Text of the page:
10 May 2018

Interview with Henri Jayer’s two daughters

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Julie Carpentier

Par Julie Carpentier

Julie Carpentier’s past is deeply rooted to the Loire valley. She has shown a remarkable understanding of native varietals together with an overall taste for exceptional and unique products…

Julie Carpentier, Baghera/wines: What motivated your decision to sell the last bottles from the private reserve of your father Henri Jayer?

Lydie and Dominique : After our father passed away in 2006, and then our mother, more recently, we inherited of the entire collection of bottles remaining in the cellar, in Vosne-Romanée. We knew our father was deeply attached to the fruit of his labour: his wines. We took great care of the cellar during all those years since they had passed away. But we definitely would not have been able to drink all of these bottles and magnums, so the natural reaction was to offer them for sale to Henri Jayer connoisseurs so that they could acquire and drink the bottles, in his memory.

 

What did these bottles “sleeping” in the cellar represent for your father?

Our father was passionate about his work, which he lived with great intensity. We knew he kept wine in the cellar for his personal consumption, as he very often shared some of these wines with us, members of his family. He took great pleasure in regularly opening old vintages in order to assess their ageing potential. Our father was perpetually curious and a perfectionist. The bottles and magnums in his private reserve were somehow like his lab… a way to watch his wines mature over the years.

 

What does this auction mean for you?

It is clear that Domaine Henri Jayer will be turning its last page on the 17th of June, in Geneva. Fifty years of meticulous, passionate work during which our parents – Marcelle and Henri – tirelessly gave the best of themselves both in the Domaine’s vineyard and in the cellar. The incomparable fruit and delicacy of our father’s wines built his reputation, and it is with considerable emotion that we make those wines available to amateurs of Burgundies. We hope these bottles will extend our father’s work in the secular history of the Côte viticole.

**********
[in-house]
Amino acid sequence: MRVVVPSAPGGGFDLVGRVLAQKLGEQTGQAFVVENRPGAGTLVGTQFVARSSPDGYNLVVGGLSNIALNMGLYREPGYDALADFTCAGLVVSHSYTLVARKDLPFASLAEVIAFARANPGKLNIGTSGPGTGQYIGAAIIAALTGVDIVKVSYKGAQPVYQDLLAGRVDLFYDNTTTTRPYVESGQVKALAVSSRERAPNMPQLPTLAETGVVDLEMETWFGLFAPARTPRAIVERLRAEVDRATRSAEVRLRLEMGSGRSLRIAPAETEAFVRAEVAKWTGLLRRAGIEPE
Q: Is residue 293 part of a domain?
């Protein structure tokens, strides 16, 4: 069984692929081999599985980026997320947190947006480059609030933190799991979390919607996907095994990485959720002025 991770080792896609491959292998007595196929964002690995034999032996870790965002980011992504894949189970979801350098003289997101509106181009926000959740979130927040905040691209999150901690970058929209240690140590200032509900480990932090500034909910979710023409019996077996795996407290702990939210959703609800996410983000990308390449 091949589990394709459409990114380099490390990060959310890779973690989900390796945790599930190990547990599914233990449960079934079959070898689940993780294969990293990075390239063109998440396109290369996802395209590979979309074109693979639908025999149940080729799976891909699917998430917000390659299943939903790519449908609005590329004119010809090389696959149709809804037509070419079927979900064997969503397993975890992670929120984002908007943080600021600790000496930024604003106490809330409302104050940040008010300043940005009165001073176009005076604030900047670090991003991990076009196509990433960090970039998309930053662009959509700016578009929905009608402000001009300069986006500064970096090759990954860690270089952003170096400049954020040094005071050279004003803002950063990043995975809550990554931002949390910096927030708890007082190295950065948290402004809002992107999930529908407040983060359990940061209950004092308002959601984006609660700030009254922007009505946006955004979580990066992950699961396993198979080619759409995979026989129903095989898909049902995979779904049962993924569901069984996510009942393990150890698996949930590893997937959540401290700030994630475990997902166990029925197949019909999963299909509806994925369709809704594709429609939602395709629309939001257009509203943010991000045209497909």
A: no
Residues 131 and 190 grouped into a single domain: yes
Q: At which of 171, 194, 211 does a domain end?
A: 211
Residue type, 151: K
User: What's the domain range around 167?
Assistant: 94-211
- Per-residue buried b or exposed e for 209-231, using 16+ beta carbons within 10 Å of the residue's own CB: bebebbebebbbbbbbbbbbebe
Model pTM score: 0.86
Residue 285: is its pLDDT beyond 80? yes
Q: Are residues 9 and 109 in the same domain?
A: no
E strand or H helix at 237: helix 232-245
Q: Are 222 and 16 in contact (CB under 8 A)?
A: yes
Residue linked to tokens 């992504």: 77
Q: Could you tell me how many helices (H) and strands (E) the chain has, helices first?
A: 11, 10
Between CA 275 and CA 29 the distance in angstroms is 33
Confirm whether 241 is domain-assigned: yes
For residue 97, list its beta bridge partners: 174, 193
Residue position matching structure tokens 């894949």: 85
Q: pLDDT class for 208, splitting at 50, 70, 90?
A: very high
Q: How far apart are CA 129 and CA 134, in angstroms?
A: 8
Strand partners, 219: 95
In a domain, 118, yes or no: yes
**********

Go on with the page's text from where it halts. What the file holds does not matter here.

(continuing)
How do you feel about the craze generated by your father’s wines ?

We progressively became aware of the recognition of the Domaine’s wines over the years. In particular when our father travelled to the United-States in the 1990s. We appreciate that these very last bottles directly emanating from Domaine Henri Jayer are eagerly awaited. We hope they will soon be resting in the cellars of wine-enthusiasts who will actually enjoy opening and drinking these bottles. Wine is sharing. Let’s not forget that these wines were produced to be consumed above all else.

 

Would you mind sharing with us an anecdote, a moment you remember that would be emblematic of your father’s relationship with the vineyard and the wine?

Our father became involved in viticulture during WWII. In addition to his theoretical knowledge acquired during his Diplôme National d’Œenologue, our father was a keen observer of Nature and he worked a lot by empiricism. He experimented enormously and that is how, over the years, he succeeded in increasing the quality of his wines, vintage after vintage. He was also a perfectionist and did not tolerate approximation. People who harvested the grapes at the Domaine remember him for it: each and every harvesting basket was scrupulously inspected by our father in the vineyard, even before the grapes were taken to the sorting table. Not one imperfect berry (dry or root affected) was entitled to enter the cellar!

 

According to you, which wine most symbolizes the sale of these last bottles from your father’s cellar ?

Cros-Parantoux, without a doubt. He was particularly proud of this plot of vines and of the resulting wine. So many years spent creating this vineyard, nurturing the vines and then vinifying these grapes, year after year… It is no coincidence that our father had kept several hundred bottles and magnums of Cros-Parantoux in his own personal reserve at the Domaine: it was his baby !